This weekend I decided to try out a scavenger hunt from the perspective of a participant, rather than a designer. It had been awhile since I found myself on the seeker end of a hunt, and I had a blast deciphering clues, second guessing myself, and strategizing with my teammate.

Here’s what I learned about how to ensure a great time:

From a recent Everybody’s Invited scavenger hunt. Good people.

From a recent Everybody’s Invited scavenger hunt. Good people.

  1. Go with enthusiastic people. While I think anyone could have a good time at a scavenger hunt, not everyone will always be down. And nothing ruins a hunt faster than a teammate who’s complaining about being hungry, tired, bored, etc. (Note: My teammate was rad, but I can imagine the effect a less-than-rad player would have had.)

  2. Find the right hunt. There are lots of great scavenger hunt companies out there, so find the one that’s right for you. For example, I dig high-tech, puzzle-centric hunts best. But there’s a huge range of options to meet anyone’s scavenging needs. Do you prefer family-friendly or a little bit racy? Indoor or outdoor? A walking tour, a mystery, or a food tour? There are all sorts of settings—neighborhoods, museums, zoos, etc. There are events specifically for singles, for pet-owners, for Harry Potter fans, you name it. Google around a bit, or let us devise a one-of-a-kind scavenger hunt for your next gathering.
  3. Don’t settle for a less-than-stellar team name. Team names are kind of magical in that a good one can actually help create team spirit. As with trivia teams, puns, portmanteaus, a setting-specific “in joke,” timely references to local or world events, and trolling the other teams all make good team name fodder.
  4. Take it the right amount of seriously. On the one hand, it’s just a game. On the other hand…it’s totally a game! Strike a balance. My favorite part tends to be strategizing, so my teammate and I did a little of that, but I had to remind myself to not focus too much on winning as an outcome. The outcome should be having a meaningful experience. Duh.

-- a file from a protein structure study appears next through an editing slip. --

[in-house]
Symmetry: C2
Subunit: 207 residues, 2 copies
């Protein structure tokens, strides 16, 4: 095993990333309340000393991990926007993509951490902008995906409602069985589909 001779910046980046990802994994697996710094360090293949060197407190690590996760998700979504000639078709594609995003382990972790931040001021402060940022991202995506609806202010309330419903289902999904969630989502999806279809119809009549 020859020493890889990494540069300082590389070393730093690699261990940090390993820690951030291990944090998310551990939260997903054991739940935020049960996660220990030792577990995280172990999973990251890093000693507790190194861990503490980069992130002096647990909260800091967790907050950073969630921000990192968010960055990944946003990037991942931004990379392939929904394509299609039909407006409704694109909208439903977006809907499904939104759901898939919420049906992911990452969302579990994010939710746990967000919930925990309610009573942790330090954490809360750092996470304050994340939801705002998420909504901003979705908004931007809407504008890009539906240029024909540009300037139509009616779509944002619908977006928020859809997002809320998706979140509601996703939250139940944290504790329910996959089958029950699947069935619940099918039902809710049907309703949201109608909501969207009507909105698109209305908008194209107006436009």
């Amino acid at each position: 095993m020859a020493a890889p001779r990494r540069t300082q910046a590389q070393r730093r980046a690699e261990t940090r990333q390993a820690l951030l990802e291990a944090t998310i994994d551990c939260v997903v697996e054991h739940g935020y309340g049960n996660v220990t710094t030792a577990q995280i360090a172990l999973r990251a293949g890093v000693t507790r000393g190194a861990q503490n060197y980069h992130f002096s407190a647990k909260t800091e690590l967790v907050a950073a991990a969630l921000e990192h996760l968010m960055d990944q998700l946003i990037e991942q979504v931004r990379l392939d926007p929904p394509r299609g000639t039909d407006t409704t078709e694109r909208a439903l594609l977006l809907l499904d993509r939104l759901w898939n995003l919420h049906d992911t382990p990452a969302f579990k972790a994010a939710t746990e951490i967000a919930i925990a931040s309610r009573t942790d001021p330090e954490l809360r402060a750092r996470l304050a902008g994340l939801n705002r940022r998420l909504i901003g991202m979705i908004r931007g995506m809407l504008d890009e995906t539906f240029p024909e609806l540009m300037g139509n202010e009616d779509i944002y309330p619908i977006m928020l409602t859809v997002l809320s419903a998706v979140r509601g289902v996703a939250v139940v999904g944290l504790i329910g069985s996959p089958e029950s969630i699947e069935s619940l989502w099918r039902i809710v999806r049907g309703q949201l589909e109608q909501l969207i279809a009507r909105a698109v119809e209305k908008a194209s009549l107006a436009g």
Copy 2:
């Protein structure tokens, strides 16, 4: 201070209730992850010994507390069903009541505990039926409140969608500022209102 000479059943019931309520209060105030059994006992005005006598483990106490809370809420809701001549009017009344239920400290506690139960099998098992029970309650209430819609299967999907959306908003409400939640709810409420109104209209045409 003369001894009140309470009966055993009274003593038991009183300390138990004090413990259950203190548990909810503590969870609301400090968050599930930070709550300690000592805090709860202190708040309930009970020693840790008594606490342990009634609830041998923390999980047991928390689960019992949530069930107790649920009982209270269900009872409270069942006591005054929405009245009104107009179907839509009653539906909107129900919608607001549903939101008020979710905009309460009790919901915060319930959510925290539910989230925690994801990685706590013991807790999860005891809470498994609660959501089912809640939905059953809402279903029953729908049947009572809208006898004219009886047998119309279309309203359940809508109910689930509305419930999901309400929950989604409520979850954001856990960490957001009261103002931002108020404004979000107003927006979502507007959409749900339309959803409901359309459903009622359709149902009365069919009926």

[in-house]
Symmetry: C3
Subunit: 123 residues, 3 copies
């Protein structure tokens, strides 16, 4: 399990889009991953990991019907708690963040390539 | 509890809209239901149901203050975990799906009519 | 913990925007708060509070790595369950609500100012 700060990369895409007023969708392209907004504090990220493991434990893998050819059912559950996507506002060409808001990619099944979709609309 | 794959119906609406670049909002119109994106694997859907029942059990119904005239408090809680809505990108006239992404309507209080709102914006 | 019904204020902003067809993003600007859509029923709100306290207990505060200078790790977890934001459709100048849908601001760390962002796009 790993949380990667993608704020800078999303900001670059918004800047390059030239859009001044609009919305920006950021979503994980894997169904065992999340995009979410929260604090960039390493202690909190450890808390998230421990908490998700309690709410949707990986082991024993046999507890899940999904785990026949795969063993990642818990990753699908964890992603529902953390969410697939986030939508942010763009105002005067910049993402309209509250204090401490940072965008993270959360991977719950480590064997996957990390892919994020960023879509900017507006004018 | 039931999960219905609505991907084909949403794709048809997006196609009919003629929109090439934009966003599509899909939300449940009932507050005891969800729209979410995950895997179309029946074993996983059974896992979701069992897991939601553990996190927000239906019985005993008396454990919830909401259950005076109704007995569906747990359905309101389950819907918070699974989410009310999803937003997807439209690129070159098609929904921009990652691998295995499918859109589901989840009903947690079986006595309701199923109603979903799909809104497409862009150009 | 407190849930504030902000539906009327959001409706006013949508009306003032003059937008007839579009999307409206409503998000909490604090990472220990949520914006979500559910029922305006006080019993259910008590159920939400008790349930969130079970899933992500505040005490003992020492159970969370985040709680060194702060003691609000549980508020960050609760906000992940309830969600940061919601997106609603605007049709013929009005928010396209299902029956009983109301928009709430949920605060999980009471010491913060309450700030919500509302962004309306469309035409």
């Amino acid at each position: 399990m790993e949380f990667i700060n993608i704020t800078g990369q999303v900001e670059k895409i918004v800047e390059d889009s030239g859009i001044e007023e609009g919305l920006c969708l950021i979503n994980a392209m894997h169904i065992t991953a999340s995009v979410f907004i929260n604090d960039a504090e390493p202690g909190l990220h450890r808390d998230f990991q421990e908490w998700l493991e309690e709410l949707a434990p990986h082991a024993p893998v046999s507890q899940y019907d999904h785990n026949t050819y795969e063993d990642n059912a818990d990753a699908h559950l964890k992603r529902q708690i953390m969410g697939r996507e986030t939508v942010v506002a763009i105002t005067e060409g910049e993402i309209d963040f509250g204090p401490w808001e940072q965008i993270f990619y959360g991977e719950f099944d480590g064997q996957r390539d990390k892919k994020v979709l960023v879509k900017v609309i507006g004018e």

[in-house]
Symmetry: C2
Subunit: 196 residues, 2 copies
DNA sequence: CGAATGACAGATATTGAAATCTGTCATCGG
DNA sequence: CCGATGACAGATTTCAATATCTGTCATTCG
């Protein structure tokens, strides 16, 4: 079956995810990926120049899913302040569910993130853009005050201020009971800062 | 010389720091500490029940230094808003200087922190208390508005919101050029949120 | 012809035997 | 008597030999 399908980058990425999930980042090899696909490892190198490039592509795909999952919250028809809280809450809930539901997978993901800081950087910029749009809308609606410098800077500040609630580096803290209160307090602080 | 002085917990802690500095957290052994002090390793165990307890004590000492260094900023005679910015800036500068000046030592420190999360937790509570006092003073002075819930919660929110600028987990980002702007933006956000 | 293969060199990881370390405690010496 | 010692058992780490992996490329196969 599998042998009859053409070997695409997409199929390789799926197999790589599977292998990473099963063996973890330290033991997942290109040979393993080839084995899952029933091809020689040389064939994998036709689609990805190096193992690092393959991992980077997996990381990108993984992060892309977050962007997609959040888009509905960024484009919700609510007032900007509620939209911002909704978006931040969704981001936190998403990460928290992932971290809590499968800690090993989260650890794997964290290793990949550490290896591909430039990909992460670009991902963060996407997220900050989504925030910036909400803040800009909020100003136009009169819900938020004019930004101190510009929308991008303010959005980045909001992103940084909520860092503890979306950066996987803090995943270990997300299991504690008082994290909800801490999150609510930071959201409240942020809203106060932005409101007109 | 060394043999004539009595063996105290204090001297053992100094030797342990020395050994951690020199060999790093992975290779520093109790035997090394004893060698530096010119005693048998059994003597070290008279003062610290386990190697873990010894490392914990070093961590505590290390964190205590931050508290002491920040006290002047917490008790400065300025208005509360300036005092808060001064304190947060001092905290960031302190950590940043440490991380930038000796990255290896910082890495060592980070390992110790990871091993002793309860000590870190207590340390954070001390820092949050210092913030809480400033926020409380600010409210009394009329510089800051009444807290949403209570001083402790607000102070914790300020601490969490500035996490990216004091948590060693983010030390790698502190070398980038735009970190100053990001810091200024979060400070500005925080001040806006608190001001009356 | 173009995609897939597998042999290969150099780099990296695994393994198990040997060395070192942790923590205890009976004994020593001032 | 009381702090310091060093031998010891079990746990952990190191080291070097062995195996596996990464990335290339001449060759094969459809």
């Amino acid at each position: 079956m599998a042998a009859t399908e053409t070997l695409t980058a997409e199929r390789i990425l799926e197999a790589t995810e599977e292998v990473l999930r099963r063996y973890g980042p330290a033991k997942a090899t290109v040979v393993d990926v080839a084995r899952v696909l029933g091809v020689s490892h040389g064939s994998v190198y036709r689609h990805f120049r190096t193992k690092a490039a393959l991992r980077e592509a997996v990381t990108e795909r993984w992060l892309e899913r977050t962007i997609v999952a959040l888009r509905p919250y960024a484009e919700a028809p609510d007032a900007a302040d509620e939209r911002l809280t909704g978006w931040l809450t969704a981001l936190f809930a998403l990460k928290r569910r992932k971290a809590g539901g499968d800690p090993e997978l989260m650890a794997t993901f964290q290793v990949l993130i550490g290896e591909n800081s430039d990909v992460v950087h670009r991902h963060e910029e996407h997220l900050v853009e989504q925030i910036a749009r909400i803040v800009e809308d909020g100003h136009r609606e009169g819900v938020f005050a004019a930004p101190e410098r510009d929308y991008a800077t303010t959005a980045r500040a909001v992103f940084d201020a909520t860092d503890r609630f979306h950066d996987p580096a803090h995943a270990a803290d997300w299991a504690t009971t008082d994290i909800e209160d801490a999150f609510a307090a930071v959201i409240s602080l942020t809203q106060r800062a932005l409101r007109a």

5. Bring sustenance. I cannot emphasize this enough. These events can be grueling. You’re on your feet, perhaps running around, barely pausing. This is why trail mix was invented, people.
  6. Enjoy the setting. The hunt I did this weekend was in an art museum, and my only regret is that I didn’t take the time to enjoy more of the artwork. See #4.
  7. Unwind at an after party. If the company doesn’t arrange one for you, I highly recommend picking a bar or restaurant for a post-hunt meetup. There will be stories to share, good-natured accusations of cheating to declare, and beer to drink.

If you’re interested in hosting an amazing scavenger hunt for your next birthday (or your next Tuesday), let us help you create an event that’s as unique as your DNA (unless you’re a twin).

p.s. Did my team win? Let’s just say you don’t become a scavenger hunt designer without learning a thing or two along the way.

Comment